The famous Road to Hana is on almost everyone’s list of things to do on Maui. Much has been written about this celebrated adventure back in time along the road that continues to defy the natural obstacles along this rugged coastline. You probably already know about the 600 turns, the 70 one way bridges, and the variety of banana bread eateries along the way. For those opting for the self-guided tour of the Road to Hana, we recommend making mile marker 6.5, also known as Bamboo Forest, one of your top three destinations, as well as the banana bread hale in Keanae (it’s always warm and fresh). Many of our guests to Maui prefer a guided expedition along this windy road known for its slow pace and that’s where we can certainly help. Many great tour operators provide a variety of options for your particular journey. Mahalo Tours provide a smaller, luxury experience in their 8 passenger Mercedes Benz vans at an affordable rate and for that reason, we certainly will steer you in that direction if we can. Discover Hawaii Tours provides a lower price point in exchange for sharing the journey with a few more passengers. Hana Tours of Maui is known for having a few secret stops with a little extra time at a few of your favorite places. The Road to Hana is best enjoyed slowly and with a care-free mindset, any of these great tours along the Road to Hana is sure to deliver the sights and senses you’re looking for. Choosing is difficult sometimes, so, please, feel welcome to call one of our experienced representatives to answer any questions you may have or even call to haggle on the price, we’re always willing to work with our best clients!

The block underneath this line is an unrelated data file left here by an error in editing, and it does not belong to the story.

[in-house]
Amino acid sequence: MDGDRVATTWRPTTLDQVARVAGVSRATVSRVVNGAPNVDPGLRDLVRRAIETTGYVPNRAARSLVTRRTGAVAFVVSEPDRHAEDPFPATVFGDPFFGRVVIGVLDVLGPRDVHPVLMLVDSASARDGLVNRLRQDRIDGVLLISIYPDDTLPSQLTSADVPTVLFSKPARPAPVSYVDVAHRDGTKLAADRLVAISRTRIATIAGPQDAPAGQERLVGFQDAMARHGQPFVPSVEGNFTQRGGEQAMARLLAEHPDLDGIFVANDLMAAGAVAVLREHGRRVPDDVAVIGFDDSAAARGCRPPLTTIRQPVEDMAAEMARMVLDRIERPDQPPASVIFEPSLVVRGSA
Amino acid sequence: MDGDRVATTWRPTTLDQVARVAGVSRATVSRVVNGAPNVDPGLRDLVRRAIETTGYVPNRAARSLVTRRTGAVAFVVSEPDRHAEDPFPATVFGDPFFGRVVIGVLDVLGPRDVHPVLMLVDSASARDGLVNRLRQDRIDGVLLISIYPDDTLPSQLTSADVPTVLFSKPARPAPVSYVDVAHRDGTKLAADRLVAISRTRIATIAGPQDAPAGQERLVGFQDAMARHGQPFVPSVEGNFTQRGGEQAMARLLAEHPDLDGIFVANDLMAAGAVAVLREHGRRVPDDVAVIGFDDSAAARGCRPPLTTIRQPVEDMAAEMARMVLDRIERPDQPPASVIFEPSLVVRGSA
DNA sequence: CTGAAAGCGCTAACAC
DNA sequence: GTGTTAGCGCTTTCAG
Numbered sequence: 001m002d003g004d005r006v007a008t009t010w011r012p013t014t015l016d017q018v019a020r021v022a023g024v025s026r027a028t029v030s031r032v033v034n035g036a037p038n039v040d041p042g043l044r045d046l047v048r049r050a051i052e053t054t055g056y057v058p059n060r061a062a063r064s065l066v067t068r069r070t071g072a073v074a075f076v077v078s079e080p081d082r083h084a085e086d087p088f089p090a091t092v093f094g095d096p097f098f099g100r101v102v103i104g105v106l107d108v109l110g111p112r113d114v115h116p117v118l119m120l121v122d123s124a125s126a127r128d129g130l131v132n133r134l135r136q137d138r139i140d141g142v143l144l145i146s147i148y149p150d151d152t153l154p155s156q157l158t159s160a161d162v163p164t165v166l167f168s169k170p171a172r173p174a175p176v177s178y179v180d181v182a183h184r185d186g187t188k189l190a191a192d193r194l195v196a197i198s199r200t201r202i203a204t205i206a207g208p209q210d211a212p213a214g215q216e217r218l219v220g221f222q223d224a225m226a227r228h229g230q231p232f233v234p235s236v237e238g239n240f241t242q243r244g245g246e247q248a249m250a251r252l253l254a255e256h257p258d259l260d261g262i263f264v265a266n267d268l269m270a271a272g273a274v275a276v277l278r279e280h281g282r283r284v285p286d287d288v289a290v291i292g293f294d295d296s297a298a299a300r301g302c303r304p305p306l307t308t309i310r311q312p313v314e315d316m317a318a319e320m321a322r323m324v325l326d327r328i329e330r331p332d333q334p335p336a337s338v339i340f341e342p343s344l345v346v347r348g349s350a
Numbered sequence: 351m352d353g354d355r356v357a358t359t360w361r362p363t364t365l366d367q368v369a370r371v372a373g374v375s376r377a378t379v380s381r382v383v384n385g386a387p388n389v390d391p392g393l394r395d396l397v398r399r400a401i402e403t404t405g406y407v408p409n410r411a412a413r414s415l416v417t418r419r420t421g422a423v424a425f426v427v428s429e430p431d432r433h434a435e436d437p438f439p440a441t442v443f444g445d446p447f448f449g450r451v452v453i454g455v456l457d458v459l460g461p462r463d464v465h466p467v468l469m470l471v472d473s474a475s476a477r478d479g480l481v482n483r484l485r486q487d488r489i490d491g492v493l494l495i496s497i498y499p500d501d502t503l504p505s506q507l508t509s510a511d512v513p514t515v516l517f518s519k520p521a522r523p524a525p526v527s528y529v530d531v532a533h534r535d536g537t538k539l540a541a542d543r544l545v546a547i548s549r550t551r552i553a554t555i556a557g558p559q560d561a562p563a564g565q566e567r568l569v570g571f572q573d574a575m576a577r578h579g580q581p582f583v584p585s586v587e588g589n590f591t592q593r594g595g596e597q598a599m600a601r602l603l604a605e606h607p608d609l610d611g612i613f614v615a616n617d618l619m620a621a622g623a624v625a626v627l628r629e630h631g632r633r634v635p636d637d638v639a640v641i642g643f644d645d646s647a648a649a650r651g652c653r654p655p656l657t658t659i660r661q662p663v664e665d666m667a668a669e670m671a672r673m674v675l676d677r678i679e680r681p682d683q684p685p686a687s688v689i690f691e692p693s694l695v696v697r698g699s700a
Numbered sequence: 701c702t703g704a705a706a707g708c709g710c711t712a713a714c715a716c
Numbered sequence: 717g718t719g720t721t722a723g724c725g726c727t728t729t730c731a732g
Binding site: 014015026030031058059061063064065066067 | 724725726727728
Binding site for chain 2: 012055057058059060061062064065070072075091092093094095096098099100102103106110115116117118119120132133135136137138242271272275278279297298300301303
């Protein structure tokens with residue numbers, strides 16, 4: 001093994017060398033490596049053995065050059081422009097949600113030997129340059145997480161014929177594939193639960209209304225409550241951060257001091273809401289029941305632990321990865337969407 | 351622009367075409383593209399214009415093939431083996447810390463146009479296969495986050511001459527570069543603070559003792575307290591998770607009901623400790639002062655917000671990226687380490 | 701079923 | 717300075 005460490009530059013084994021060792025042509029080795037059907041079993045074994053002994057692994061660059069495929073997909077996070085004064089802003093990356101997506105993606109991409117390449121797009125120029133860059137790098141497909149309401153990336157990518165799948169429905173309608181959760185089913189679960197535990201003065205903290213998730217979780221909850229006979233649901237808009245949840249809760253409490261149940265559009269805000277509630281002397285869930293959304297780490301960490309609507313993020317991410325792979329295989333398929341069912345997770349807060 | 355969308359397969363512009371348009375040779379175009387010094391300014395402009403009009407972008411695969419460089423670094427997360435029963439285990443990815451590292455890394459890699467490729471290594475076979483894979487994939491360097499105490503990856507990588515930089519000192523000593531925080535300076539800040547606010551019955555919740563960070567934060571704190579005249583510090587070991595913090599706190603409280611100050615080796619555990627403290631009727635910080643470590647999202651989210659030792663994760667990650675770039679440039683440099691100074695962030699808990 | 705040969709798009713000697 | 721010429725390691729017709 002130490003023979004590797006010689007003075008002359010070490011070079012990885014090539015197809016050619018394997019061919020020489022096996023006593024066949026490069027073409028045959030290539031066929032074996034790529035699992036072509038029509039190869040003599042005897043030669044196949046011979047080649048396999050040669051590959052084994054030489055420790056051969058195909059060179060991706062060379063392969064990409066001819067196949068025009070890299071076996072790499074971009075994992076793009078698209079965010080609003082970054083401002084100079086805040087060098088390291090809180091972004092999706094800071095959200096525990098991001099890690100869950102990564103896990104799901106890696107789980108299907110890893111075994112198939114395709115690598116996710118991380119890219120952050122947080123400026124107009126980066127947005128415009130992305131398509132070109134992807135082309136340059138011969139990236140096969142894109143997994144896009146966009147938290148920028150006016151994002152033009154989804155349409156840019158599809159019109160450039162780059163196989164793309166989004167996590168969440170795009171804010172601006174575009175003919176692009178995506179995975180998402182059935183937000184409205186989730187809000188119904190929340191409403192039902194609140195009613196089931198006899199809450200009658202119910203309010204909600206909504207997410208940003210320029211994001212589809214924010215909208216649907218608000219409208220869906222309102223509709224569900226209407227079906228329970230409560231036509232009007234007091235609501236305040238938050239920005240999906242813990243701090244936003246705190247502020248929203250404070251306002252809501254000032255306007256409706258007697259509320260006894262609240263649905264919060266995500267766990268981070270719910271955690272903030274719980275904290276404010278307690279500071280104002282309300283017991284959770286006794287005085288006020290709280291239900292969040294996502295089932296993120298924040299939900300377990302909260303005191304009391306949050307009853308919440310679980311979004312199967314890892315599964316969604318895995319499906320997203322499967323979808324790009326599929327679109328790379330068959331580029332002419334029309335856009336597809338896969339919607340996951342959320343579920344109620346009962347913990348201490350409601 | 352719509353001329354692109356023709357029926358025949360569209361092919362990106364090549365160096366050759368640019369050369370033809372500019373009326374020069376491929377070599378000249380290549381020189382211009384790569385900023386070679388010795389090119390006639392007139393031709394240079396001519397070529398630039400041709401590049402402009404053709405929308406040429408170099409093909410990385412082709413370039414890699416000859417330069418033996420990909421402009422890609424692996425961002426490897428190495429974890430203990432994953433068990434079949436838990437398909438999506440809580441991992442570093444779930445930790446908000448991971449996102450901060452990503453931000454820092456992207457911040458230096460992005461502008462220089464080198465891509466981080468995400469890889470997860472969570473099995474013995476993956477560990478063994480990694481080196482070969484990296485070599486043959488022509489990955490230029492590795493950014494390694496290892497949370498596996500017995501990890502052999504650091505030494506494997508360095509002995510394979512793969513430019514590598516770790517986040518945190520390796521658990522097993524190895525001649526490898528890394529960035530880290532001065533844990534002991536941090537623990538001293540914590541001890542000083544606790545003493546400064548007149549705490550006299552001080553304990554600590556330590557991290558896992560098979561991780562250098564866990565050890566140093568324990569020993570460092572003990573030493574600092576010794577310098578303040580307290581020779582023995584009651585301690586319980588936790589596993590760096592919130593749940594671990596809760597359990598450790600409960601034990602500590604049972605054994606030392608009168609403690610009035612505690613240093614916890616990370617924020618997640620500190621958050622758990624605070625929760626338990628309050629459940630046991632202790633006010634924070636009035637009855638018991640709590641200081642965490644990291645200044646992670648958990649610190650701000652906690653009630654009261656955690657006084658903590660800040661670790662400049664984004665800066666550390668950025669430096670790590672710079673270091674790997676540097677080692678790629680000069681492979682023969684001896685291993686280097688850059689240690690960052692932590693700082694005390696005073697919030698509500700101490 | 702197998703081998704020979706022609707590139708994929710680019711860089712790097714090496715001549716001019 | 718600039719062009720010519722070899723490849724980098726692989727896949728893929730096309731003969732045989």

Depending on how many times you stop, you should expect to spend an entire day doing the Road to Hana tour whether or not you are with a guided tour. If you were just to drive the Road to Hana to Hana and come back it would take approximately 3.5 hours from Paia,
The road isn’t necessarily dangerous, but please exercise caution when driving it. The narrow area and curves are new to a lot of drivers, typically the other drivers on the road are always the most dangerous part of driving and the same is true on the Road to Hana.
Yes, you can take a rental car to Hana. There are no restrictions from the county, however, some rental car companies may try to set certain restrictions if you’re planning on going the back way, however this isn’t something they monitor.
You should wear something comfortable and cool, bring a jacket for rain or for cold a/c in a van or car. Bring shoes or footwear that you don’t mind getting dirty. It’s a rainforest, after all, there will be mud.